Sweden's Atlas Copco (OTCPK:ATLKY) is a case in point as to some of the limitations of modeling and model-based valuation. This is an excellent industrial conglomerate by almost any standard and one that is well-respected and generally well-liked. When I last wrote about the company in September of 2016, I liked the company quite a bit but thought that the valuation was already very healthy. Since then, not only have the company's underlying markets come back faster and stronger than expected but so too has investor enthusiasm - pushing these shares up by a third, in line with other strong Swedish plays like SKF (OTCPK:SKFRY) and Sandvik (OTCPK:SDVKY) but well ahead of strong U.S. industrial conglomerates like Fortive (NYSE:FTV) and Illinois Tool Works (NYSE:ITW).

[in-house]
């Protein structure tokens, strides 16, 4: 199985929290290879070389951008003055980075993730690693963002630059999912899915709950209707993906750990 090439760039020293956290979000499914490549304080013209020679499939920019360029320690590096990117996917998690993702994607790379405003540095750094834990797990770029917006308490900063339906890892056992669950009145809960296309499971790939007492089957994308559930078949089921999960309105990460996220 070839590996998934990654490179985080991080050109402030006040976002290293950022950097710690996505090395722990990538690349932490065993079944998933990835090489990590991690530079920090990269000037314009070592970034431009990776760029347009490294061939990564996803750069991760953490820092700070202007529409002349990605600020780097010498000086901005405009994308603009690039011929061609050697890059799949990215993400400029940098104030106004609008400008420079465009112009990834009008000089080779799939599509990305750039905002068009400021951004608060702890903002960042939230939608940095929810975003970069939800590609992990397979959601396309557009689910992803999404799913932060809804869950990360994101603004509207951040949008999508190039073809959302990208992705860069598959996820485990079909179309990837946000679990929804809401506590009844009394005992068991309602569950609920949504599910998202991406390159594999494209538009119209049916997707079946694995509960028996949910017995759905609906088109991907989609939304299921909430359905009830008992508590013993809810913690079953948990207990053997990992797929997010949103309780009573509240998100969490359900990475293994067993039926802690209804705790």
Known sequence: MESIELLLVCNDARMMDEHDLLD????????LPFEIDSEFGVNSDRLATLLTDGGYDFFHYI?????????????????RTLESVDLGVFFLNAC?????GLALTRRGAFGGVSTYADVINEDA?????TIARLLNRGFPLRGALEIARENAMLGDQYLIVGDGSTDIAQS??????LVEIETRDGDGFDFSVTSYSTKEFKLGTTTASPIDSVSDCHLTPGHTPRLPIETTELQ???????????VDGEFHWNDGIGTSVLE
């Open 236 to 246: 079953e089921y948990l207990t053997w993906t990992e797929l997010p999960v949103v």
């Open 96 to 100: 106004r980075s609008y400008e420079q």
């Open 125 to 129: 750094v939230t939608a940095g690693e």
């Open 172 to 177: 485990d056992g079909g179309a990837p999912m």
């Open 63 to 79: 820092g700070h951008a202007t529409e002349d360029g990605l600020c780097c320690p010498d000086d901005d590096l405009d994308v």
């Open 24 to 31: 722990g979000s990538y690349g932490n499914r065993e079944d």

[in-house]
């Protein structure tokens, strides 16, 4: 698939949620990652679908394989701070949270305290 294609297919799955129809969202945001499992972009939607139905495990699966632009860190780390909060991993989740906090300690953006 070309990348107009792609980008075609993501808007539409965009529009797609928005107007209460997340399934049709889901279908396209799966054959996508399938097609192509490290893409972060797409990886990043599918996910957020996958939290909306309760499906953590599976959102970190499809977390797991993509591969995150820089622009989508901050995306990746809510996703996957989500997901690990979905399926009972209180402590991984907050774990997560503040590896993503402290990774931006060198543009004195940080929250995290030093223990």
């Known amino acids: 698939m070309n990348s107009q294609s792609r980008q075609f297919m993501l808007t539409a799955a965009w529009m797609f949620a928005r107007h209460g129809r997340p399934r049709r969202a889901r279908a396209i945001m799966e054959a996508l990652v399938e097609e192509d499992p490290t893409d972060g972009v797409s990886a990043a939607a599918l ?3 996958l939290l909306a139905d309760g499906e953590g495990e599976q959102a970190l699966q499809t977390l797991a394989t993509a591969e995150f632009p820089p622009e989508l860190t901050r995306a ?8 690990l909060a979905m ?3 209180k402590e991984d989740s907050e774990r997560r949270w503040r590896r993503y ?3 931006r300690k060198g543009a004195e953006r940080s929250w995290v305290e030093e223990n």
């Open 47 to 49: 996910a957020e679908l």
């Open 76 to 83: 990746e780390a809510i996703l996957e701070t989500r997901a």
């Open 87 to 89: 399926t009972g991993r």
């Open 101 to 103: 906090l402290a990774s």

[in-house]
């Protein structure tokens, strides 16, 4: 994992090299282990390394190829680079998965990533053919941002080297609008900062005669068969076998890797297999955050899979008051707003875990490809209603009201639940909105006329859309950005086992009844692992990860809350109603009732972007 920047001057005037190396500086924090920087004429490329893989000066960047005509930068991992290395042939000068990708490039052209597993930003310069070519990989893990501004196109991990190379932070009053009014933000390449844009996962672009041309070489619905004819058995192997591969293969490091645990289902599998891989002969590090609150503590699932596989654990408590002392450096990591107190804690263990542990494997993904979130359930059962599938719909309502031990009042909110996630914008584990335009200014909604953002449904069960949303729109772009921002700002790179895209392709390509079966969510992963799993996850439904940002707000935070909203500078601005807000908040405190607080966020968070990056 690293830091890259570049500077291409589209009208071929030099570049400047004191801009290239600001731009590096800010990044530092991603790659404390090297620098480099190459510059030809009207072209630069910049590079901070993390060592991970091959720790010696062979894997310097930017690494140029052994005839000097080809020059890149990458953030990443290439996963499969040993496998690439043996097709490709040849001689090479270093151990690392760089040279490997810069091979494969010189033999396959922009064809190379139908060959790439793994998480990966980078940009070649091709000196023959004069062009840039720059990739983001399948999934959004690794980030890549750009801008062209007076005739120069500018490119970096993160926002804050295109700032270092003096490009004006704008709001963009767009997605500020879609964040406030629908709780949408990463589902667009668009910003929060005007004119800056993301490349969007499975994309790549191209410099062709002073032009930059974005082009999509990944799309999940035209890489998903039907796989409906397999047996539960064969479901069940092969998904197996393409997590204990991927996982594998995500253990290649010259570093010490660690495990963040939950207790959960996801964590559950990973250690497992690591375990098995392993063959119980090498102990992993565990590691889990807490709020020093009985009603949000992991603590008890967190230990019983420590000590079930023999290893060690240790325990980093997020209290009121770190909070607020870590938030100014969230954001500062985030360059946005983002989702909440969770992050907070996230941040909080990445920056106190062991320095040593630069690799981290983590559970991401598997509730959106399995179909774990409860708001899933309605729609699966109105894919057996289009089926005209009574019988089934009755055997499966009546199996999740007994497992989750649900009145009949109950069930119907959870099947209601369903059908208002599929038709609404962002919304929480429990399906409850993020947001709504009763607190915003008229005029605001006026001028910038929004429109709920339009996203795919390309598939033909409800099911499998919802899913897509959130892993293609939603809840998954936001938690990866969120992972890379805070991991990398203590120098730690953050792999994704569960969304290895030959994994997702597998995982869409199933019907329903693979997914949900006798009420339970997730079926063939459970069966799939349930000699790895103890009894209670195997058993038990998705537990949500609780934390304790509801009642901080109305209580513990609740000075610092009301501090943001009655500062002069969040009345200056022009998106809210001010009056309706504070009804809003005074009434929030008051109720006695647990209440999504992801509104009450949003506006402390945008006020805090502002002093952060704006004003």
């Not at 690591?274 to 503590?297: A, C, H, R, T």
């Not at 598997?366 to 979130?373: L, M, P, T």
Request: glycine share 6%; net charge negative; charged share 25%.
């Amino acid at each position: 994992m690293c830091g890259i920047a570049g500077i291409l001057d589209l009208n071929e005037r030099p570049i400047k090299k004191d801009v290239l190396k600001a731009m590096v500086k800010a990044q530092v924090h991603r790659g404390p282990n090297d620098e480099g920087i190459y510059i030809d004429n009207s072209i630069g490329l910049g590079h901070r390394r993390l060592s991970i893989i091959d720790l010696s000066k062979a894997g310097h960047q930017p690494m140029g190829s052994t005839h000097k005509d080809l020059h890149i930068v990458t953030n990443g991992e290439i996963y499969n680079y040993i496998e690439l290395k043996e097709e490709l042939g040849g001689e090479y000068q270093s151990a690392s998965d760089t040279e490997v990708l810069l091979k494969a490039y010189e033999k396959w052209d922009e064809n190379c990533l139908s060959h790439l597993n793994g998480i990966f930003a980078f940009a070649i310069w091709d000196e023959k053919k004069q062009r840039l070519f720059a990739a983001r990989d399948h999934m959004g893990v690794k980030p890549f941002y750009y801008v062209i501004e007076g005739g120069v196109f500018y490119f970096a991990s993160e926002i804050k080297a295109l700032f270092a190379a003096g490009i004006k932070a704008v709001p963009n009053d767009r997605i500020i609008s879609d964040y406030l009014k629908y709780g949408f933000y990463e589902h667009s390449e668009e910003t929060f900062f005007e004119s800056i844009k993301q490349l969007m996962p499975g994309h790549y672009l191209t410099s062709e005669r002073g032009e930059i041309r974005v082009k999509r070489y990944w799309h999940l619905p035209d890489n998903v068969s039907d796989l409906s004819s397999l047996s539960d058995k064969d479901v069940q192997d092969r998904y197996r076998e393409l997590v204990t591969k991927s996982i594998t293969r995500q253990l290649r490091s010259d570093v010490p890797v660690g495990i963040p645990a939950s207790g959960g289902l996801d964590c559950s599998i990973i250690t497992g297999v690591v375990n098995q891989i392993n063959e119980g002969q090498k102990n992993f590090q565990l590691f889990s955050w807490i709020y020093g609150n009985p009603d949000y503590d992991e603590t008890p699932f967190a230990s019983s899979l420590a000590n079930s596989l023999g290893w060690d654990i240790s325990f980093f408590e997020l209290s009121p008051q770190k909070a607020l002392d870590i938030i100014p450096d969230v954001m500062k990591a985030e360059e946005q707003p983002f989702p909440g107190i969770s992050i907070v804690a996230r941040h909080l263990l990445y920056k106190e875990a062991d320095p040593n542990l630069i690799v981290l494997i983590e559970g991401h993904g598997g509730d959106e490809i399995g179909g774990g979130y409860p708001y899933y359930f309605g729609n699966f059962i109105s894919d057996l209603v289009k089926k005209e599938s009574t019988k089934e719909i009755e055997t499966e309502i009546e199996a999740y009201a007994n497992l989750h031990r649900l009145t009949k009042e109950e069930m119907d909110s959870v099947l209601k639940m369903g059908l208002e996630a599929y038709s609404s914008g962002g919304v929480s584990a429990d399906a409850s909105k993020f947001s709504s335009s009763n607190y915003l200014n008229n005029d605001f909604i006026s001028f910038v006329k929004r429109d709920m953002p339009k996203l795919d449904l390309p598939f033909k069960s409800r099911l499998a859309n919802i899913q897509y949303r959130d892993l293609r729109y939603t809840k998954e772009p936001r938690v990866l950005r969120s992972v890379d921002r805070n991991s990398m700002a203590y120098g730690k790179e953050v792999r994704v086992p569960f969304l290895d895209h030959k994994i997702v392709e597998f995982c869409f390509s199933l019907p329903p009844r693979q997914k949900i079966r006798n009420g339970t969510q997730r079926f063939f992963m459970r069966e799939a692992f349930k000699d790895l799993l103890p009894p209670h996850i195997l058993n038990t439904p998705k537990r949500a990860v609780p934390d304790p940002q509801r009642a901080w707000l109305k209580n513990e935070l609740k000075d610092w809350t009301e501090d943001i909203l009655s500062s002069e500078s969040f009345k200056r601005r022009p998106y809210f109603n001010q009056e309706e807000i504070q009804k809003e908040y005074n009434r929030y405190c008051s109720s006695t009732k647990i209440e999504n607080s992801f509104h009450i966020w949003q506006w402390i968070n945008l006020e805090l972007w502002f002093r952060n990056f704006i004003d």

It's hard to connect the dots on the valuation today, unless you think long-term revenue growth will reach the high single-digits, FCF margins will move into the 20%s, and/or you're willing to accept a total return closer to the mid-single digits. I've learned over the years not to bet against Atlas Copco (or at least to do so very carefully), but even the company's announced split and ongoing recoveries in multiple markets can only do so much for a stock that already enjoys quite a bit of esteem.
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Atlas Copco's Excellence Reflected In The Performance